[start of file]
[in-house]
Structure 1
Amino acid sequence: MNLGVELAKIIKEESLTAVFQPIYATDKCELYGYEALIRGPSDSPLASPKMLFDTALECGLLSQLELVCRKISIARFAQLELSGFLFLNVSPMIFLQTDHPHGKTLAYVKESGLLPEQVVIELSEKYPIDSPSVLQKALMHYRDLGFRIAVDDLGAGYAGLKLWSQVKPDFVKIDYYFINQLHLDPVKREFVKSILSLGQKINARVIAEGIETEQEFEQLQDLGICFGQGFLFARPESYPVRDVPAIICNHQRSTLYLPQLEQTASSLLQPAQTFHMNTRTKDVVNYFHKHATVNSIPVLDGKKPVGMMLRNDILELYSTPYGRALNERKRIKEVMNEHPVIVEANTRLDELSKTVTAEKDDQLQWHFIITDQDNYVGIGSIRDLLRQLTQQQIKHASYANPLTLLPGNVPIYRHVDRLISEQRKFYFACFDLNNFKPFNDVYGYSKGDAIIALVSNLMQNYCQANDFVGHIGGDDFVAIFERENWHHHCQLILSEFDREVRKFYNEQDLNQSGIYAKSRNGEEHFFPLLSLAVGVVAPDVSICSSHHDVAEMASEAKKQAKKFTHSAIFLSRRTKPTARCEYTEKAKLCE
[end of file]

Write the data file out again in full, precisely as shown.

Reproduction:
[in-house]
Structure 1
Amino acid sequence: MNLGVELAKIIKEESLTAVFQPIYATDKCELYGYEALIRGPSDSPLASPKMLFDTALECGLLSQLELVCRKISIARFAQLELSGFLFLNVSPMIFLQTDHPHGKTLAYVKESGLLPEQVVIELSEKYPIDSPSVLQKALMHYRDLGFRIAVDDLGAGYAGLKLWSQVKPDFVKIDYYFINQLHLDPVKREFVKSILSLGQKINARVIAEGIETEQEFEQLQDLGICFGQGFLFARPESYPVRDVPAIICNHQRSTLYLPQLEQTASSLLQPAQTFHMNTRTKDVVNYFHKHATVNSIPVLDGKKPVGMMLRNDILELYSTPYGRALNERKRIKEVMNEHPVIVEANTRLDELSKTVTAEKDDQLQWHFIITDQDNYVGIGSIRDLLRQLTQQQIKHASYANPLTLLPGNVPIYRHVDRLISEQRKFYFACFDLNNFKPFNDVYGYSKGDAIIALVSNLMQNYCQANDFVGHIGGDDFVAIFERENWHHHCQLILSEFDREVRKFYNEQDLNQSGIYAKSRNGEEHFFPLLSLAVGVVAPDVSICSSHHDVAEMASEAKKQAKKFTHSAIFLSRRTKPTARCEYTEKAKLCE